Since I began writing, I've heard the term, "writer's voice." I've finally stopped trying to define it. I can't tell you why I recognize the physical voice of my wife, or son, or daughter, while I can't tell you what is unique about each one. I've about decided that "voice" is like a giraffe--I can't exactly describe it, but you know it when you see it.

I'm reading a book written by another author chosen to carry on the tradition of one of my favorite writers, the late Robert B. Parker. I've read two other books by writers Parker's widow chose to keep the line of novels alive, and frankly, wasn't impressed. They didn't have Parker's "voice." The one I'm now reading, a western, is better, although there are places where it's obvious that the writer has chosen to show off how much research he's done--something of which Parker was never guilty. The book may be pretty good, but it's not a Robert B. Parker.

I've just completed responding to an extensive set of edits of my novel that will be released this fall, Heart Failure. The line editor did a very thorough job of suggesting areas where the novel could be tightened, the wording improved. The edits were valuable, but at almost every juncture I ended up changing her words to mine. Why? The insertions weren't in my "voice."

Do your favorite authors have a unique "voice?" Can you define it? Or is it, like a giraffe, something you can't describe?

Tuesday, March 12, 2013

Daylight Saving Time

I hate Daylight Saving Time. If you didn't know that already, you would by the time you finish reading this. The modern idea of Daylight Saving Time (DST) was proposed in 1895 by George Vernon Hudson, and it was first implemented during the First World War. You can find a more thorough discussion here, if you're interested. The idea was simple--shift schedules so there would be less electricity used for incandescent lighting during the day. That was appropriate during wartime and times of energy crisis with the need for conservation. But with modern advances, such as compact fluorescent bulbs replacing incandescent ones, is DST really necessary?

I hate the thought of having to convince children that it's time to go to bed while the sun hasn't dipped below the horizon. I hate the prospect of getting those children off to school while it's still dark outside. I hate getting hungry an hour later than usual. I hate...well, you get the picture.

I'm fond of saying that the concept of DST is similar to cutting six inches off the top of a piece of cloth and sewing it on the bottom to make it longer. How about you? Is DST on your list of favorites? Should we petition Congress to do away with it? Would it do any good? What say you?

Meanwhile, I feel the need for a nap.

(photo via FreeDigitalPhotos.net)

Shameless self-promotion warning: To read the first two chapters of my forthcoming novel, Stress Test, go to my web page and click the tab at the bottom of the page. You can also pre-order using one of the various tabs there as well. Hope you enjoy it. Thanks.

Friday, March 08, 2013

Writing: Are Blogs Part Of Platform?

A week ago, I asked the question of whether blogs had been replaced by other social media venues such as Facebook and Twitter. The comments were interesting (and if you'd like to read them, you can go here--it's not too late to add your own).

I gave a link to a simple one-question survey, asking which was the respondent's favorite social media venue. Here's the breakdown of responses:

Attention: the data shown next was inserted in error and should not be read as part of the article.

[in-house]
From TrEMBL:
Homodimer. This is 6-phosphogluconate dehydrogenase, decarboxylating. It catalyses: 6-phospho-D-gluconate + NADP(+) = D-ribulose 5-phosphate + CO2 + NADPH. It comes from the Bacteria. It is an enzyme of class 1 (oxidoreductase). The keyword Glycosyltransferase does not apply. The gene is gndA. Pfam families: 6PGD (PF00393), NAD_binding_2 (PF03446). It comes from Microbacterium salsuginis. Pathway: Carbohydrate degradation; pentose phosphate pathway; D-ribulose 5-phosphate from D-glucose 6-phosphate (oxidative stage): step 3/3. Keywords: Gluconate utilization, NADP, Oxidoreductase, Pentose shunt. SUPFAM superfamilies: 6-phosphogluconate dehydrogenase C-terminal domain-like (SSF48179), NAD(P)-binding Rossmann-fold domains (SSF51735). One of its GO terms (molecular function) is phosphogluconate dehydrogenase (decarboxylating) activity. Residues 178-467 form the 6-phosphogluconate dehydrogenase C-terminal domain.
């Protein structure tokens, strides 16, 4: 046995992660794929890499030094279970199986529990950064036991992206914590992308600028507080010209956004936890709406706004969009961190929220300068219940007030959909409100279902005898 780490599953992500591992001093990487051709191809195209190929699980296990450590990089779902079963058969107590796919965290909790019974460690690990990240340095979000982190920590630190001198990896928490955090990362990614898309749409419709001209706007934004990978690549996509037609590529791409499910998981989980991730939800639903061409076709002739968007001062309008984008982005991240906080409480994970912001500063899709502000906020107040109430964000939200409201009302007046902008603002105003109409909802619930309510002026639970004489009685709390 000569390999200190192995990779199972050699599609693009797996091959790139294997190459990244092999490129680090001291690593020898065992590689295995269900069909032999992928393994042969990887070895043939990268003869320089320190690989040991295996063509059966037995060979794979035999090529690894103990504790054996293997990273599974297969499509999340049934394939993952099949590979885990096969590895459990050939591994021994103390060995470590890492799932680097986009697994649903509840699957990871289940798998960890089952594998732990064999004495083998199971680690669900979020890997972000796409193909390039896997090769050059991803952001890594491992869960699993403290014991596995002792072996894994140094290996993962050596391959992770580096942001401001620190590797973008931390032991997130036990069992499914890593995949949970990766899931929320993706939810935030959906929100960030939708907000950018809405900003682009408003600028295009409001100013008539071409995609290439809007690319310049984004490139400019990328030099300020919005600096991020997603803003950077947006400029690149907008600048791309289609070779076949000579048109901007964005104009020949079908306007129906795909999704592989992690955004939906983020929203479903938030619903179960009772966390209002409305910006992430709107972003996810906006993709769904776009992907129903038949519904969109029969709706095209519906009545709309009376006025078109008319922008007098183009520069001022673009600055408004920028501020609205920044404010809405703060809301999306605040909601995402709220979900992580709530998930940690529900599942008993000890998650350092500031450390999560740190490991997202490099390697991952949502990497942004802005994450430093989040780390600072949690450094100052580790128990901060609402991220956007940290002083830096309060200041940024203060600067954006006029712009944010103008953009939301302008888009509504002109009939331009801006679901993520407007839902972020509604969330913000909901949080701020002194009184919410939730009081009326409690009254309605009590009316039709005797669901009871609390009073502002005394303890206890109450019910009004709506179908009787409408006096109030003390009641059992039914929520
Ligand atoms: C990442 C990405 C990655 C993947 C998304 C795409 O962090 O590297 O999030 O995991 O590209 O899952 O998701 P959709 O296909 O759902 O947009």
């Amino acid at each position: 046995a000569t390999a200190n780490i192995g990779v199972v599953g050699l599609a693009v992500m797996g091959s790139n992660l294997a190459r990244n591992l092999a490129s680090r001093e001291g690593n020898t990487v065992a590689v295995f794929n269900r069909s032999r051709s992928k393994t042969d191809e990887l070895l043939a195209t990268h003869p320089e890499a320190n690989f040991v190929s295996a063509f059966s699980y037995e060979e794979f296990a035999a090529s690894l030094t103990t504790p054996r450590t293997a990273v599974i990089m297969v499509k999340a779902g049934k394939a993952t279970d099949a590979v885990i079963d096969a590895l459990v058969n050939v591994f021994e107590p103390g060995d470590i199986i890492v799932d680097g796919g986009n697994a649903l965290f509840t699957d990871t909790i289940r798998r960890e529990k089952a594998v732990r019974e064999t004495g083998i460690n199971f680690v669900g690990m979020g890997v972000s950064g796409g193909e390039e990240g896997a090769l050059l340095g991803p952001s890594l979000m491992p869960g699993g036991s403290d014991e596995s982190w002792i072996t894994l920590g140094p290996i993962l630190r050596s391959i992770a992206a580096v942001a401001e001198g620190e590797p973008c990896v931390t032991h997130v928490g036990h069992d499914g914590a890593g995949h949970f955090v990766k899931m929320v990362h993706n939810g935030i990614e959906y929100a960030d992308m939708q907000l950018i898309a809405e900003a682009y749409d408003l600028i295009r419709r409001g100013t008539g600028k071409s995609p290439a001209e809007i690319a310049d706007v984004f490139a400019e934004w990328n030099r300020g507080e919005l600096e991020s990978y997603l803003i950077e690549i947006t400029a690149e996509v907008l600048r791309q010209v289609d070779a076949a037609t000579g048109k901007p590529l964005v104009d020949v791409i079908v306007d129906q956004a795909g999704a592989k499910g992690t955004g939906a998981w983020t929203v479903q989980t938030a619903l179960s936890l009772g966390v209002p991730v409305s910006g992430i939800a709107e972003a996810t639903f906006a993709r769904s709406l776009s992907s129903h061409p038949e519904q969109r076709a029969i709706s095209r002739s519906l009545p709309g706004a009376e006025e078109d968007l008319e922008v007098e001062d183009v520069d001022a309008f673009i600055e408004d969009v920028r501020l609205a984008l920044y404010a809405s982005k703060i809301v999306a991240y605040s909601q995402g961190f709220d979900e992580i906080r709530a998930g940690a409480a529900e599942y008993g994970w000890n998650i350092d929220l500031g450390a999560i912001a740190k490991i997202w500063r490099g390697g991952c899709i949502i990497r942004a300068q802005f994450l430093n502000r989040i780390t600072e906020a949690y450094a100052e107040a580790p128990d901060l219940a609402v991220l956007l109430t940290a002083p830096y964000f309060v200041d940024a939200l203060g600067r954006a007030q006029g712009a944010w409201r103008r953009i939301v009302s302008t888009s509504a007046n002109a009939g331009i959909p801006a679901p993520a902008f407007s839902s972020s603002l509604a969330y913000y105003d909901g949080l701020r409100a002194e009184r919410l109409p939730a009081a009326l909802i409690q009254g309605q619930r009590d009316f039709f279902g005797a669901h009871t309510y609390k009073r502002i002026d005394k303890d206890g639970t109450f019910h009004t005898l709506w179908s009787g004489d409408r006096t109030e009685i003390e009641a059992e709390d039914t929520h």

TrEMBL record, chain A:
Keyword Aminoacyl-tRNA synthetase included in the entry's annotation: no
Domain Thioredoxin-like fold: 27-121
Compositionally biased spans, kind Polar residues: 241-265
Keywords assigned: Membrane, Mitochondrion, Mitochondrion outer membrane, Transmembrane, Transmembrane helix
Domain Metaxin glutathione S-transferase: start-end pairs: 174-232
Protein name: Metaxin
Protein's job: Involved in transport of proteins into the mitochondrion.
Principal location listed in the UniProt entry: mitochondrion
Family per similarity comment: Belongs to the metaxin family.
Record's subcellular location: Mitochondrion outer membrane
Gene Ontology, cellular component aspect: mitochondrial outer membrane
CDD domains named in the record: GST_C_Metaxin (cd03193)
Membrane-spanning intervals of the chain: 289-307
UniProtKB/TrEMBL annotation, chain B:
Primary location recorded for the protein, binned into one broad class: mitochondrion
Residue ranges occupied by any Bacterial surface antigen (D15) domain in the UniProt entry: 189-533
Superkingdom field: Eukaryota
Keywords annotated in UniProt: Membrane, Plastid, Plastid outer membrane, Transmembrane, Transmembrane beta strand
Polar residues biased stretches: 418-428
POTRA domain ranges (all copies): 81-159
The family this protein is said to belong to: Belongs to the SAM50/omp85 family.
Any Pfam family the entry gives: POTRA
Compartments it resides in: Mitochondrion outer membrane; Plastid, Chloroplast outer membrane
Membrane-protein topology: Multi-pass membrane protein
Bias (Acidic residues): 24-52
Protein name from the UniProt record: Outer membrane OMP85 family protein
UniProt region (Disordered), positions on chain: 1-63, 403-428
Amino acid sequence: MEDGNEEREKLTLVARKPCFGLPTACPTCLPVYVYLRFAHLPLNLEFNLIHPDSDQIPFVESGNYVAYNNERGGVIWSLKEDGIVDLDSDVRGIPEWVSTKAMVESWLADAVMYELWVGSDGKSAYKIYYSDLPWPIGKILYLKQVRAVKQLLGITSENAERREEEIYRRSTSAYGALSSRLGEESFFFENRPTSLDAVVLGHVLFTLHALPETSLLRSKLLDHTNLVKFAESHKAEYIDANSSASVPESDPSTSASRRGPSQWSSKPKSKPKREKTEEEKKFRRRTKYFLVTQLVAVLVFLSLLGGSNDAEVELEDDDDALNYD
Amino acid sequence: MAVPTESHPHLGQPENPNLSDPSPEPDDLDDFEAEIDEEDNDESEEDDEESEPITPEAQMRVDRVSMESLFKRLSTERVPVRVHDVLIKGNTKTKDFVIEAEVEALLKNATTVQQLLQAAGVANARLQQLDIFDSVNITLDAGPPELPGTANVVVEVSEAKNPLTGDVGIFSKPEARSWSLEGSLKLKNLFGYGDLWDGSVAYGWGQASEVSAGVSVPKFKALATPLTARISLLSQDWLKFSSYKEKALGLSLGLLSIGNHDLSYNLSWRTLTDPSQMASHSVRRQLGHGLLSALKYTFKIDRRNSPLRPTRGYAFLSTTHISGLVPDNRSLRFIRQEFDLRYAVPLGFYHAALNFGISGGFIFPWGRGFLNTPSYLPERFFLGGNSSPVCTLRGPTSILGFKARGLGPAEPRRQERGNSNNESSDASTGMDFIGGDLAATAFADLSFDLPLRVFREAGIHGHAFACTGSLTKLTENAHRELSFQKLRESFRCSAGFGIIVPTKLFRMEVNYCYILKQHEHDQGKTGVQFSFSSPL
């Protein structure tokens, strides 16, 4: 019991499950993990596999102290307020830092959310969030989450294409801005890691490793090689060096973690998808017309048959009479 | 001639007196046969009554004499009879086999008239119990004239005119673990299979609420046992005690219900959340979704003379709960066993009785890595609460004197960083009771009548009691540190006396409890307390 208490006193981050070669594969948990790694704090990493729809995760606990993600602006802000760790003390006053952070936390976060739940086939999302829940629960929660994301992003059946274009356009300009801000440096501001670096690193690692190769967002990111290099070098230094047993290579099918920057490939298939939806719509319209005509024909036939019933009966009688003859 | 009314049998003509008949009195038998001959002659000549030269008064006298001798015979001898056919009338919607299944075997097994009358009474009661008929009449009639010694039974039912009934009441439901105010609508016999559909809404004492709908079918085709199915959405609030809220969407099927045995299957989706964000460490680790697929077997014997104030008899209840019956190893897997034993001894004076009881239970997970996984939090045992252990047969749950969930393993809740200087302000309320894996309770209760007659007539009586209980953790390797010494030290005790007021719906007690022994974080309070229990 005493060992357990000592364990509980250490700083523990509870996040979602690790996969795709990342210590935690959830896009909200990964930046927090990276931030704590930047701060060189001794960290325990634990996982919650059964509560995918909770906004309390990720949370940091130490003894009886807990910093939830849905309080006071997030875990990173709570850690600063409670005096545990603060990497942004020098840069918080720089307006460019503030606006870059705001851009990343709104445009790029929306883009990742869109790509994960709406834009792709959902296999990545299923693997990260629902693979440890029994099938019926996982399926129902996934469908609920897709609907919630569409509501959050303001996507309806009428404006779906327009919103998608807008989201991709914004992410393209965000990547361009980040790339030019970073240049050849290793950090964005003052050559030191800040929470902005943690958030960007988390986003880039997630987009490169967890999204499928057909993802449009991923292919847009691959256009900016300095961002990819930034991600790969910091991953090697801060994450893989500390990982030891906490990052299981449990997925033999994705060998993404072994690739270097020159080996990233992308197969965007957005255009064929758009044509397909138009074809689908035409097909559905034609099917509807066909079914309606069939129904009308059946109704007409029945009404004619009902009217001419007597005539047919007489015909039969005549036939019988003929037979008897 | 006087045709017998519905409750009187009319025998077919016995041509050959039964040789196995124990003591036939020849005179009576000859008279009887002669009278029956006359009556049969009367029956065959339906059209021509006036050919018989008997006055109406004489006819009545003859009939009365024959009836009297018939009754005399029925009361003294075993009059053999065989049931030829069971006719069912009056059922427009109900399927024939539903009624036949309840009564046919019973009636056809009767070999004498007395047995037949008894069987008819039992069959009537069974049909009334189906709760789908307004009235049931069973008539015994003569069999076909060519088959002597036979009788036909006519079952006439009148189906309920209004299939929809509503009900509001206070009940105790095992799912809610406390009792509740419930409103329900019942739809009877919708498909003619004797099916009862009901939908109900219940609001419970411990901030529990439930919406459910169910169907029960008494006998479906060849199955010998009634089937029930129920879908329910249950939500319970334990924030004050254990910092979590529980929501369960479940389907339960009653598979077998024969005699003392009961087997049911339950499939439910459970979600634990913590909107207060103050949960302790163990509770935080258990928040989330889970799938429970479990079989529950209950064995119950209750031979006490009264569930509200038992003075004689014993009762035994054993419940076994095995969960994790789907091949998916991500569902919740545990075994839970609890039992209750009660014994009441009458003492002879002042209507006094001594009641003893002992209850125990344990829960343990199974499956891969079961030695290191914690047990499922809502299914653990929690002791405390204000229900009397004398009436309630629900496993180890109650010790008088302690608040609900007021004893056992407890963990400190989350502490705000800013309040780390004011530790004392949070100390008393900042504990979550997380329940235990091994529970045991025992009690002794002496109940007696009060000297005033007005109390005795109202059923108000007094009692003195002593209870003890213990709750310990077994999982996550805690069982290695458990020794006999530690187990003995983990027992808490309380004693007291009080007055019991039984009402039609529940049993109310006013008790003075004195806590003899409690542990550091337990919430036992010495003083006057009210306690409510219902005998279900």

Blogs     19%
Twitter     13%
Facebook  68%
Goodreads and Pinterest didn't get a single vote. Of course (here's the scientist in me coming out), this wasn't a very good survey. Only one response was allowed. Many people, I'm sure, said, "Whoa. I go to different sites for different things." And I think that's where we stand with blogs, Facebook, Twitter, Google + , Goodreads, Pinterest, and all the rest. It depends on what you want.

Some of the comments reflected this attitude: different aspects of social media for different reasons. So where does that leave my particular blog?

Abraham pleaded with God not to destroy Sodom if even a tiny remnant of the faithful could be found there. There's no fire and brimstone in this scenario, but if I continue to have a remnant of followers who seem to enjoy this blog, I'll spend the time necessary to share both my thoughts and whatever writing wisdom I've collected over the past few years. I won't let it take over my time, but I won't kill it either.

See you Tuesday. If you have questions you'd like discussed here, please leave them. And if you'd just like to comment to say, "Please keep going," I'd love that, as well. Thanks.

Want to Tweet this? Click here. (I'm trying something new, folks. Don't shoot me if it doesn't work.)

Tuesday, March 05, 2013

Guest Blogging Today--Y'All Come

 For those who took the survey linked to my last post, I'm going to leave that one open a few more days. If you haven't chimed in about whether blogs are (or should be) dead, I urge you to do so now. Check back on Friday for the results and my comments.

I'm guest blogging today at the site of the American Christian Fiction Writers. Hope you'll click this link, come on by, and leave a comment.

See you back here on Friday. Thanks.

Friday, March 01, 2013

Is It Time To Move On?

Like the "old gray mare," blogs just ain't what they used to be. When I started writing, authors were told that it was imperative they have a blog and a website. I was flabbergasted to see figures recently that my website gets a lot more hits than this blog.

Many of my writer friends either have or will soon put their blogs in hiatus. I'm wondering if that's not a good idea, to let us spend our time more productively. But I'm not quite ready to jump off that particular high board. So I need your help.

I maintain a presence on Twitter and Facebook, visit GoodReads from time to time, but have always thought this blog was a good way to connect with others. Maybe I was wrong. Which brings me to the survey. There's only one question. Click here to take the survey. Feel free to leave a comment to expand on your answer. Then, we'll talk.